An aspiring model and part-time belly dancer claims she witnessed sex orgies at the villa of Italian Prime Minister Silvio Berlusconi. Karima Keyek says Berlusconi referred to the parties as “bunga bunga” sex sessions and said he’d learned about them from Libyan President Muammar Qaddafi. The phrase has taken Italy by storm, but no one is quite sure whether Berlusconi made it up or if it’s a legitimate Libyan phrase. Where did bunga bunga come from?
Possibly from an old joke. The phrase bunga bunga has no meaning in Arabic nor in any of the Berber languages spoken in Libya. If Qaddafi did teach a sex act by that name to Berlusconi, he might have taken his inspiration from an old English-language joke. The joke, in short, involves three Westerners captured by a primitive tribe. The chief offers each of them a choice between death and bunga bunga. (In some tellings, the alternative is unga bunga.) The first two choose bunga bunga and are sexually tortured in various ways before being killed. The third, seeing what’s come before, selects death. At this, chief sighs heavily. “Death you have asked for, death you shall have,” he says. “But first a little bunga bunga.”
The phrase has gained currency around the world since the Berlusconi story broke, but it was occasionally used as slang for a sex act before then. Earlier references to “performing bunga bunga” in print and online suggest a group sexual assault. Urbandictionary.com, for example, contains a 2004 entry describing bunga bunga as a kind of “brutal anal gang rape.” In his 2009 book Iky’s Bipolar World, memoirist Randy Cassat tells the old joke and later uses the phrase to refer to anal rape in prison.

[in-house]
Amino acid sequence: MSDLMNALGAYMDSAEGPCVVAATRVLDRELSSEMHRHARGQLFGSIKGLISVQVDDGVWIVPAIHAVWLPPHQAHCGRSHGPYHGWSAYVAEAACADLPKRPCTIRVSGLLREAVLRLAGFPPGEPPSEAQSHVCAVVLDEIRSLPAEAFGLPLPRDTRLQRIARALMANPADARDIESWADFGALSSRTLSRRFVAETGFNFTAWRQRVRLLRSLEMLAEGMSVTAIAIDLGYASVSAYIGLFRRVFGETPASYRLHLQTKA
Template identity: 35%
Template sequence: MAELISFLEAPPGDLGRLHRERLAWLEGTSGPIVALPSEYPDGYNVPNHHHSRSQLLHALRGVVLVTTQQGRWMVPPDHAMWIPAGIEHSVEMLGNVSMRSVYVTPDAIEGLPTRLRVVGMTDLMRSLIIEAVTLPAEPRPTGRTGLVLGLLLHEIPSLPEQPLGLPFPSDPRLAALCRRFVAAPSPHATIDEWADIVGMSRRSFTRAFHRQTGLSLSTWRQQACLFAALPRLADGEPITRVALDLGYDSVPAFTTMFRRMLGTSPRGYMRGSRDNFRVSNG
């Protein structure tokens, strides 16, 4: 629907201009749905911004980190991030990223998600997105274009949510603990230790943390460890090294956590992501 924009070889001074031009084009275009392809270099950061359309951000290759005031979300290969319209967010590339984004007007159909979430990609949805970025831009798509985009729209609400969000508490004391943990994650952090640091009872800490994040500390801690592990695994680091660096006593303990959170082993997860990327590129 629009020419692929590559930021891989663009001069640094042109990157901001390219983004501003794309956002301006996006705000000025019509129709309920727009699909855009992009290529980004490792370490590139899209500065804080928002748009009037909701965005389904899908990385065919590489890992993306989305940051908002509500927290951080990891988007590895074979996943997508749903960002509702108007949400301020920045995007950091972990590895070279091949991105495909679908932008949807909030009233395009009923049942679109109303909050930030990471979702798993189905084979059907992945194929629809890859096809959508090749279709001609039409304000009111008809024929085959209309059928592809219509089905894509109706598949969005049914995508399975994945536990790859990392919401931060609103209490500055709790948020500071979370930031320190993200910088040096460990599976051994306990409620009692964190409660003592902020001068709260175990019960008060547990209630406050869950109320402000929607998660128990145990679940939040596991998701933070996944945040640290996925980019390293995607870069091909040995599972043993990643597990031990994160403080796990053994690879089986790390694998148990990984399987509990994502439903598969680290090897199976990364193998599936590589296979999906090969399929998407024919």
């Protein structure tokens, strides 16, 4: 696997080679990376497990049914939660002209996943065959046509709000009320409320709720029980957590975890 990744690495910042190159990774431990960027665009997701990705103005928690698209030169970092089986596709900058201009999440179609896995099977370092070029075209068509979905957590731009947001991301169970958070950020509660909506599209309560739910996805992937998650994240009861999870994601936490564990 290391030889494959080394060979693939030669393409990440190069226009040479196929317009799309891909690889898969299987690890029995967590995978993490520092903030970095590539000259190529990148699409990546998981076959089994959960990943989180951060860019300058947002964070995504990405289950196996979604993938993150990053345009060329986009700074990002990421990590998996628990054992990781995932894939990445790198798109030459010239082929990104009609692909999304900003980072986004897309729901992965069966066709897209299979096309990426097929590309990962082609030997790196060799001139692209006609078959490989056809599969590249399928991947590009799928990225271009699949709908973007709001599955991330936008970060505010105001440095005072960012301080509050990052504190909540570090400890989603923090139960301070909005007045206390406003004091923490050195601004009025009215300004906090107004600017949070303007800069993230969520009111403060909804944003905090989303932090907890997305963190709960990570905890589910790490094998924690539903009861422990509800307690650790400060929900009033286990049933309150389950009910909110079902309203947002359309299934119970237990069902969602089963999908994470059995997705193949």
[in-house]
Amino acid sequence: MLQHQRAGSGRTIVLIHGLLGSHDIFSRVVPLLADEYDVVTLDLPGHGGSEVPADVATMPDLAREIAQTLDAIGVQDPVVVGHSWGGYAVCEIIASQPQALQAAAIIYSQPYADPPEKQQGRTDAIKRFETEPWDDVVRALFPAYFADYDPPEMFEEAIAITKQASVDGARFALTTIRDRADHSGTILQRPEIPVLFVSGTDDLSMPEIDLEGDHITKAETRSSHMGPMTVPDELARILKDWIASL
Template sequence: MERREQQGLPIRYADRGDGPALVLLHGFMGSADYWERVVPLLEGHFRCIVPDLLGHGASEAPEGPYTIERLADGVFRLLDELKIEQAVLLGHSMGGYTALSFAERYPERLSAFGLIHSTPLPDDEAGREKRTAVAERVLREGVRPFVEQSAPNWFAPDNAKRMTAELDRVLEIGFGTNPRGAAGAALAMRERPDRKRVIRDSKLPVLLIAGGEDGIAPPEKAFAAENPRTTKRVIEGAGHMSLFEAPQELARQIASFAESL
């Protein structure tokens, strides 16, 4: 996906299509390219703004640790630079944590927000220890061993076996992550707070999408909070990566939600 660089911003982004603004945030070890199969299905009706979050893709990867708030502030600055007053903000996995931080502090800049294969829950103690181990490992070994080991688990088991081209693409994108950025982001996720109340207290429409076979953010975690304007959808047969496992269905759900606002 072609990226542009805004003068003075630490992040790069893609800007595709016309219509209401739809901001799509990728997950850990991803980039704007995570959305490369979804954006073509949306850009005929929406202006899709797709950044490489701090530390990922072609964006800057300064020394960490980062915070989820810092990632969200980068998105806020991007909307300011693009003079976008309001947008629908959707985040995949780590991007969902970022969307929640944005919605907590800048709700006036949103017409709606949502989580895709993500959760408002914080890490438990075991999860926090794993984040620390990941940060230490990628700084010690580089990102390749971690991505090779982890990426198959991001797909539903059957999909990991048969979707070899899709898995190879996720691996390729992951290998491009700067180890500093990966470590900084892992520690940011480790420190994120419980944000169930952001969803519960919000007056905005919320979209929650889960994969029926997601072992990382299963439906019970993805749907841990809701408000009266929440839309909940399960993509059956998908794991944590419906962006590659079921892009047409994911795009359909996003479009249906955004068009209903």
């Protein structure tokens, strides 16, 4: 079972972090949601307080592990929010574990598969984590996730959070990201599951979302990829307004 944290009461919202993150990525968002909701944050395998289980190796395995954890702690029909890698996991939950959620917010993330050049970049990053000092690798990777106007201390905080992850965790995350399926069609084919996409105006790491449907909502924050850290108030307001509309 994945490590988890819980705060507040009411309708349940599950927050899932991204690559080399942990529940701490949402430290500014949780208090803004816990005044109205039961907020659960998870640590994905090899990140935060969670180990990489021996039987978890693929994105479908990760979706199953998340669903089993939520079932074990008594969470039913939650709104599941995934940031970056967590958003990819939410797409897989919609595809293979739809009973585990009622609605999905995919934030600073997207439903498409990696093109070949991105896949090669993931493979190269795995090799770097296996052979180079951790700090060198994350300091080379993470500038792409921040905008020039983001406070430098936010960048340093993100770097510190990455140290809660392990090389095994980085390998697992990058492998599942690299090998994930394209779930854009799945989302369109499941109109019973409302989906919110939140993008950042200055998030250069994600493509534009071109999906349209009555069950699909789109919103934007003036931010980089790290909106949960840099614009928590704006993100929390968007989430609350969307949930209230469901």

Bunga bunga didn’t originate with this joke, though. Colonialists in Australia referred to a particular region as the Bunga Bunga country, a name supposedly taken from the locals. (Modern Australians might be familiar with Lake Bunga, which still bears the name.) In 1843, the area become known for a mass murder, which may have been followed by cannibalism. Later on, Westerners—including the Bloomsbury group—started using the phrase bunga bunga to caricature the speech of primitive tribes, especially those of Australia.
It’s not at all clear how Qaddafi could have learned the joke. He famously hates the English language and doesn’t speak it publicly. (Berlusconi, in contrast, speaks English proficiently. He also indulges in the occasional off-color joke.) Still, the Libyan leader is known for his fondness for women. He has been accused of trading journalists access for sex. He travels with an elite corps of female bodyguards, many of whom wear makeup and high heels.
Bunga isn’t always a nonsense word. In Indonesian, a beautiful woman can be described as bunga desa, or the “village flower.” The verb berbunga-bunga means “to be frantic or wild with joy.” But neither phrase has any sexual connotation whatsoever, so it’s very unlikely that Berlusconi or Qaddafi was making a subtle Indonesian reference.
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Explainer thanks Tineke Hellwig of the University of British Columbia and Ellen Rafferty and Melisa Tjong of the University of Wisconsin-Madison.